What happens to status-based competition in this kind of market? There are only two high status players left and it’s not clear that they will have any sort of advantages over the diversified financials in underwriting.  Podolny asserted in a footnote of his 1993 article that market stability was key to status competition.  “[M]arkets in which status is positively correlated with profits will be more stable than markets in which status is inversely correlated with profits” (847).  The assumption has been that investment banks had higher status than commercial banks and that they could protect their market niche by limiting the ability of new market entrants, like commercials or other diversified financial firms, to compete for price.  However, this no longer seems to be the case, and as a result the profitability of pure investment banks has disintegrated.  Following Podolny’s thinking, then, status relations should no longer be an effective relational mechanism in the market.  Status may matter again in the future, but probably not until there is some level of market stability.

Written by brayden king

September 17, 2008 at 3:32 pm

what’s so special about family firms?


Peter Klein points to a new book by the economic historian David Landes that tracks some of the world’s most famous family businesses. This NY Times review of the book is intriguing, but it also raises what I think is an important question: what is unique about family firms? The reviewer writes that the book makes a good argument for the prominence of family firms. A third of Fortune 500 firms are still family businesses (depending, I suppose, on what you consider to be a family firm).

Wal-Mart is still overseen by Sam Walton’s son. The family controls about 40 percent of the company’s stock, and a third generation is moving up through the Walton business empire. It’s a good question whether professional outsiders would have maintained, for good or for ill, the almost religious commitment to cost-cutting that the heirs seem to have inherited from the old man.

Something about holding up Wal-Mart as the paragon of family business just seems wrong. Anyone who has followed Wal-Mart over the last decade realizes that the Walton clan may still have a significant ownership stake in the company but they have very little to do with the day-to-day operations. Wal-Mart seems like the classic case of the professionalization of a family firm. The CEO, CFO, and entire management team could be executives at any corporation. Sure, some of the ideals embraced by the company were passed down from Sam Walton, but this happens in any company. Cost-cutting is part of the organizational identity of Wal-Mart and also one of its distinctive competencies. But is it correct to say that it is symptomatic of the family firm? I doubt it.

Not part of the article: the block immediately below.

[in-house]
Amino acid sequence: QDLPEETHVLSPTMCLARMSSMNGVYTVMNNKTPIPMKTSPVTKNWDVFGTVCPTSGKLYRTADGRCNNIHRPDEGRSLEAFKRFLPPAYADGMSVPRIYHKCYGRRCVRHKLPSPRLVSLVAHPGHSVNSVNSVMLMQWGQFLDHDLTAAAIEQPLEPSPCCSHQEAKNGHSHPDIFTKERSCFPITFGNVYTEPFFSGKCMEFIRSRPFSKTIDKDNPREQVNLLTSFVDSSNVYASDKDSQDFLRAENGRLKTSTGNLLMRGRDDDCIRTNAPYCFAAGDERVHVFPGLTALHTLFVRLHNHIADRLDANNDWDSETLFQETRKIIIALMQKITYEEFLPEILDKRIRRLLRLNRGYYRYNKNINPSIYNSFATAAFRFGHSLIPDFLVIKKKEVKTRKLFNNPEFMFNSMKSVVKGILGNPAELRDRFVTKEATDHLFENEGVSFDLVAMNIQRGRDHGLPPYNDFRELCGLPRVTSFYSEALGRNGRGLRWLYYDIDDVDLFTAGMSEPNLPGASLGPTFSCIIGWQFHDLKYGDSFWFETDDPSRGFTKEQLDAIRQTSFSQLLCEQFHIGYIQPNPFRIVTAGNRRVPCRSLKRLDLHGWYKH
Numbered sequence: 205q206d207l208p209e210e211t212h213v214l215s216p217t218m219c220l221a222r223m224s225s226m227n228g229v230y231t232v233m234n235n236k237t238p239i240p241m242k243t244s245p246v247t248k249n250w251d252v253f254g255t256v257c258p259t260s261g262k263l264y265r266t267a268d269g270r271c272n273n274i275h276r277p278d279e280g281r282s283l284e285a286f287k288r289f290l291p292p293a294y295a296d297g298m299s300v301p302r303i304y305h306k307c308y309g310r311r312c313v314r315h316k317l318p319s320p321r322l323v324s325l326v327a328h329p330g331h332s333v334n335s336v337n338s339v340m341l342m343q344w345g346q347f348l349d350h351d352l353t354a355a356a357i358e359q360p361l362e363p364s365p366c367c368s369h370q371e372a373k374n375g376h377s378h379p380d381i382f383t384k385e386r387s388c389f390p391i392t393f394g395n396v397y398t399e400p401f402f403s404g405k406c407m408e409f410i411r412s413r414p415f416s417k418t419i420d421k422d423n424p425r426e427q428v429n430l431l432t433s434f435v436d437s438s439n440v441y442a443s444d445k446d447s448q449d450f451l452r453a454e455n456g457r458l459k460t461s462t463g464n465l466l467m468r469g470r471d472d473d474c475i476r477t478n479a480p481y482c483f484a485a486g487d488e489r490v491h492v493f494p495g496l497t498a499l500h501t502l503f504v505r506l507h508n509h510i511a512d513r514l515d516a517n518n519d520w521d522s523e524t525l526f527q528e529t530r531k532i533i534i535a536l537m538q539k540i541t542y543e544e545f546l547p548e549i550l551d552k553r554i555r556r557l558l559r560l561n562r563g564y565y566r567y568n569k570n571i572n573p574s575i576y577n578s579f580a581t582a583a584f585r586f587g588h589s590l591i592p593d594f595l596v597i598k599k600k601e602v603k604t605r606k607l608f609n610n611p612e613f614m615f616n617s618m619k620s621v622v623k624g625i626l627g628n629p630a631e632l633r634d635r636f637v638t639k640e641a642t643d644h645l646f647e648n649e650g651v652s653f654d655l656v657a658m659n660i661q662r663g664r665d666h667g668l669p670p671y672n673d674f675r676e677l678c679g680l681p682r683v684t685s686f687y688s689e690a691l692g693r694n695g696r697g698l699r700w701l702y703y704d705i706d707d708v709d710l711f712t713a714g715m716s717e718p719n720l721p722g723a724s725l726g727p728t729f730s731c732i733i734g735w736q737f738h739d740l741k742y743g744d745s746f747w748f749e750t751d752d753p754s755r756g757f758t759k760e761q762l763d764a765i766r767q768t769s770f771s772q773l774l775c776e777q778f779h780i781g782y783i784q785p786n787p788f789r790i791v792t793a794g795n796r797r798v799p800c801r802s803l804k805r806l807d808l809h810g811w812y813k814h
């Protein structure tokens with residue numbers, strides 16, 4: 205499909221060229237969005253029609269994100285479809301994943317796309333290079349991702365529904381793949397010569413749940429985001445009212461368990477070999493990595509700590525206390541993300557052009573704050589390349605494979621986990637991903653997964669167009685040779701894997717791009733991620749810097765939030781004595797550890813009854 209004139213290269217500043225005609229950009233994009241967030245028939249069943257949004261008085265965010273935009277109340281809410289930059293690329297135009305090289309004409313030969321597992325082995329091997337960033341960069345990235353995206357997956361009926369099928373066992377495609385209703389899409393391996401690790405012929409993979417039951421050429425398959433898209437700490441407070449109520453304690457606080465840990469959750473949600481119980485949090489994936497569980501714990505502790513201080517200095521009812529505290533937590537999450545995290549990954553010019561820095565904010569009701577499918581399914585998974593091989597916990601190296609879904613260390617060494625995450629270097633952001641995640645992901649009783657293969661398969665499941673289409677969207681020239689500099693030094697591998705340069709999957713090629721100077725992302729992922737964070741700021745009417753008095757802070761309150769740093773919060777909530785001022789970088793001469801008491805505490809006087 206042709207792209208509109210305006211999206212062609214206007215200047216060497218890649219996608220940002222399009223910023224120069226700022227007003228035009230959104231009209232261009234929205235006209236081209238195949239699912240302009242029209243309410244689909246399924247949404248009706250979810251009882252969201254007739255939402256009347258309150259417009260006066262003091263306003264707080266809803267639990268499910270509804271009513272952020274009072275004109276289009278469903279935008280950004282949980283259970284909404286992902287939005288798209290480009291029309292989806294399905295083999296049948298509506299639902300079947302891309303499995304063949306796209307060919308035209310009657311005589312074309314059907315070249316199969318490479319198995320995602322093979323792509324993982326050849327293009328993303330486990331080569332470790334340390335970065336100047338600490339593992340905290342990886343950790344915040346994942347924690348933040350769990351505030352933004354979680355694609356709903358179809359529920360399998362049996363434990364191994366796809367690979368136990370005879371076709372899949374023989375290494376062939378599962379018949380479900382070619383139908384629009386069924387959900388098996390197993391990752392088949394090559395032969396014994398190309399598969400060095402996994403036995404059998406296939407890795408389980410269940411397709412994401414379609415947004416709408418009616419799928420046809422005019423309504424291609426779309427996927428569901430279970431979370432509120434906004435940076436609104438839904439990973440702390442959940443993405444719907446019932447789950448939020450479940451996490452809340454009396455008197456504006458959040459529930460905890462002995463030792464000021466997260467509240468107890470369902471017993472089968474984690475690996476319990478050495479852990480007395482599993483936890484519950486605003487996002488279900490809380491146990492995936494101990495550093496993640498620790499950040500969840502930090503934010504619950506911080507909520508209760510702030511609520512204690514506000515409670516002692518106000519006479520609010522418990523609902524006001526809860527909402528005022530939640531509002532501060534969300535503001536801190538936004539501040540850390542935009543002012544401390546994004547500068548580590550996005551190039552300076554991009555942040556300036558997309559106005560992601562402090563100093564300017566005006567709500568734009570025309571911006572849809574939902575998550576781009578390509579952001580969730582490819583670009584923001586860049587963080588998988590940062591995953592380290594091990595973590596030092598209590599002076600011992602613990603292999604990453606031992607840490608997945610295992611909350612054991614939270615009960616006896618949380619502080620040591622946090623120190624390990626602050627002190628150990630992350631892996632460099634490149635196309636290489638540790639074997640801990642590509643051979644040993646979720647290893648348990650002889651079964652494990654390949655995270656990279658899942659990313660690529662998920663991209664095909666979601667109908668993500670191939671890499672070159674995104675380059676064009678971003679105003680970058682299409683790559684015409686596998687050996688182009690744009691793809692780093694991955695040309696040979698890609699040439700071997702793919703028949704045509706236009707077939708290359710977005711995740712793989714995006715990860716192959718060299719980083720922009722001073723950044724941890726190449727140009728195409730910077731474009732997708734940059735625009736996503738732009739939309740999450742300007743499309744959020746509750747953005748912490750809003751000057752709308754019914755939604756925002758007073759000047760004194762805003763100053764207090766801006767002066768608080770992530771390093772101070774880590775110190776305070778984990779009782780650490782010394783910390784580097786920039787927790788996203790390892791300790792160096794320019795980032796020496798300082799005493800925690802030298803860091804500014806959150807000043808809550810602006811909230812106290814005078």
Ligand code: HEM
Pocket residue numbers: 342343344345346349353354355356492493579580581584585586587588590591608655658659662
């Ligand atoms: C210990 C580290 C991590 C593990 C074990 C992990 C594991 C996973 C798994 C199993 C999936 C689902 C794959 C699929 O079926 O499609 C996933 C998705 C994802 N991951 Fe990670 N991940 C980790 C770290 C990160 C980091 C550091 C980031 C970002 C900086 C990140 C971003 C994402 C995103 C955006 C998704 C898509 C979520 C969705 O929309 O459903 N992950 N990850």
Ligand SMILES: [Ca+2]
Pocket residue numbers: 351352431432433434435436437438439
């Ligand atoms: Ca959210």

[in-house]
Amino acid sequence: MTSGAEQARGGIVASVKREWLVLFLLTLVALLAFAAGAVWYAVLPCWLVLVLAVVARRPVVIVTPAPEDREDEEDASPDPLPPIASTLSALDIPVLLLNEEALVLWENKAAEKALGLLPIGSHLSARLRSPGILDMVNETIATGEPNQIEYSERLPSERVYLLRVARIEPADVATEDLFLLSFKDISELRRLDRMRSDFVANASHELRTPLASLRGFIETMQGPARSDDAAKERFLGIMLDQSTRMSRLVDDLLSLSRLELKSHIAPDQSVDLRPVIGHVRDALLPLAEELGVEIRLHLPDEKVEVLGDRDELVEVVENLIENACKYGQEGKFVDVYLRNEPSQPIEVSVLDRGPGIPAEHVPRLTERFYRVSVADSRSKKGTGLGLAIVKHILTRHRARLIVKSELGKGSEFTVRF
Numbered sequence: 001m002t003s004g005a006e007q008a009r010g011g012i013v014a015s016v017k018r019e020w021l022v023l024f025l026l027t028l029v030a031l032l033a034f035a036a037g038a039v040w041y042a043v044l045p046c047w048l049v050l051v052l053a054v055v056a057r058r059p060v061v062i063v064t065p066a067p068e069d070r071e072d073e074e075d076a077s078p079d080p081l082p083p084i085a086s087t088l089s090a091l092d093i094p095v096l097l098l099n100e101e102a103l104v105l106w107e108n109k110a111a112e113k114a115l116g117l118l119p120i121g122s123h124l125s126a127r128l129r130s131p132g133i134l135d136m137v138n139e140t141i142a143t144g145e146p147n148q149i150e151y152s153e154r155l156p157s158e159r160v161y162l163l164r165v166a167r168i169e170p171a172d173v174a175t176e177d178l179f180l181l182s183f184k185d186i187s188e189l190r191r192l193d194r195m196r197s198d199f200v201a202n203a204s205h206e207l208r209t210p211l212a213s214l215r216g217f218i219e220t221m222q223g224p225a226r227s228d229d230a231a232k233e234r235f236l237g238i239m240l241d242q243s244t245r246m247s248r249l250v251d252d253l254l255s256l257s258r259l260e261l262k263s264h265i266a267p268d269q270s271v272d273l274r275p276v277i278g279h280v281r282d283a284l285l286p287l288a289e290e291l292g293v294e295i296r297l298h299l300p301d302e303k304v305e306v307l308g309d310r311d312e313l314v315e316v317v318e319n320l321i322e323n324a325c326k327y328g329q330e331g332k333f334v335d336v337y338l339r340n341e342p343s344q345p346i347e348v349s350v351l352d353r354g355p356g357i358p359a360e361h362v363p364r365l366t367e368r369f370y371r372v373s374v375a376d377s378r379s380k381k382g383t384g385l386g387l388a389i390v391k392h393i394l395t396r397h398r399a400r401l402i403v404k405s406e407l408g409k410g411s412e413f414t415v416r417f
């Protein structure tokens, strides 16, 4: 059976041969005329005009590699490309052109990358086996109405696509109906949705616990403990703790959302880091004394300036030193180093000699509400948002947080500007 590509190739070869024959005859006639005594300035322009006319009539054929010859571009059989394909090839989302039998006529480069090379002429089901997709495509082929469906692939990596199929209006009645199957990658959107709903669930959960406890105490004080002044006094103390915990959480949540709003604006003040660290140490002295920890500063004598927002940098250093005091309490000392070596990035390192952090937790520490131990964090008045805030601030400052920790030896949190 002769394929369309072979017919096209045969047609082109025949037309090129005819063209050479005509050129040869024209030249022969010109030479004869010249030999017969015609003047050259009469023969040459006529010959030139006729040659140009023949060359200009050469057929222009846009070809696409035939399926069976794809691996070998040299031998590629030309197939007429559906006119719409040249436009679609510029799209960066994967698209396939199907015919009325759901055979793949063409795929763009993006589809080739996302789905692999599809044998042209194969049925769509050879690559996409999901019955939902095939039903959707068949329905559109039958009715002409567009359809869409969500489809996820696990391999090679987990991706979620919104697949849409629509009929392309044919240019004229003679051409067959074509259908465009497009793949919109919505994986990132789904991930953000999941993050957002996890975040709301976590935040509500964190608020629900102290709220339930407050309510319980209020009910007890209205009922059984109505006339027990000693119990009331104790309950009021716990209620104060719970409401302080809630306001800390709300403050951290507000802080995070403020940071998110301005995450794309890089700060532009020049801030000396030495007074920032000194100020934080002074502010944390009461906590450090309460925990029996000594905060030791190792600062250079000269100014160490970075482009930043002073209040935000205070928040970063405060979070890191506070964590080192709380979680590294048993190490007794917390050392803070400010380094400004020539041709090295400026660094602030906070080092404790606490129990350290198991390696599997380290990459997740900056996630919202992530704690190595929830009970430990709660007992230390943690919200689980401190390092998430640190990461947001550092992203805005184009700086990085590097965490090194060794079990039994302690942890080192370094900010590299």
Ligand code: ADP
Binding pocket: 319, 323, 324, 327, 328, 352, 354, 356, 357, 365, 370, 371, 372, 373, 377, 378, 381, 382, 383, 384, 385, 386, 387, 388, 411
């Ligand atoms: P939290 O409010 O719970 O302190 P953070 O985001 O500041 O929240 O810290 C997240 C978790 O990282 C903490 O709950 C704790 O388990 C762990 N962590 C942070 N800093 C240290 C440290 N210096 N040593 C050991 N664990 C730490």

Personally, the idea that family firms are unique in some way is appealing to me. As someone who believes that our theories have made organizations appear too generic and have tried to erase important distinctions, I think it’s important to look for those core, institutional characteristics that mark the boundaries of various organizational types. But I’m not sure what those characteristics are in family firms. An ASR article by Ingram and Lifschitz takes us in the right direction, I think (see also this post by Teppo and this one by Peter). Still, this seems like a substantive area of organizational research that is still seriously understudied.

Written by brayden king

November 2, 2006 at 3:36 pm

Posted in books, brayden

organic versus Organic


Andrew Hargadon highlights the rapid growth of organic products in a recent post and also makes this telling comment –

…if Walmart insists on charging only 10% more for its organic foods, it will be virtually impossible for the concept of ‘Organic’ to survive.

So, is it the price that suggests a product is organic, or, the way the product is grown or produced?

There is I think a wider definition of Organic (capital “O”) that Hargadon might be implicitly referring to – namely Organic (beyond no pesticides used etc) for many people also seems to connote a broader consideration for a wider set of stakeholders when producing or growing and selling a product. (Adding how a product is sold to the conception of Organic is interesting). So, I am guessing that in many consumers’ minds capital “O” Organic implicitly means that employees are treated fairly (best place to work-lists), environment and community receives consideration (x % of profits given back, volunteer work etc.). Wild Oats (or Whole Foods) indeed seems to fit the profile – see their community page – a one-stop, capital “O” shop for food, community, church, and giving.  So perhaps Wal-Mart meets a narrower, small “o” conception of organic product-wise, though not a capital “O” Organic conception stakeholder-wise.

Somehow I don’t believe that Wild Oats customers will start frequenting Wal-Mart anytime soon (they are busy protesting Wal-Mart), even if Wal-Mart tries to move (whether real or perceived) in the capital “O” direction. 

Written by teppo

July 16, 2006 at 7:04 am

Posted in blogs, current events, teppo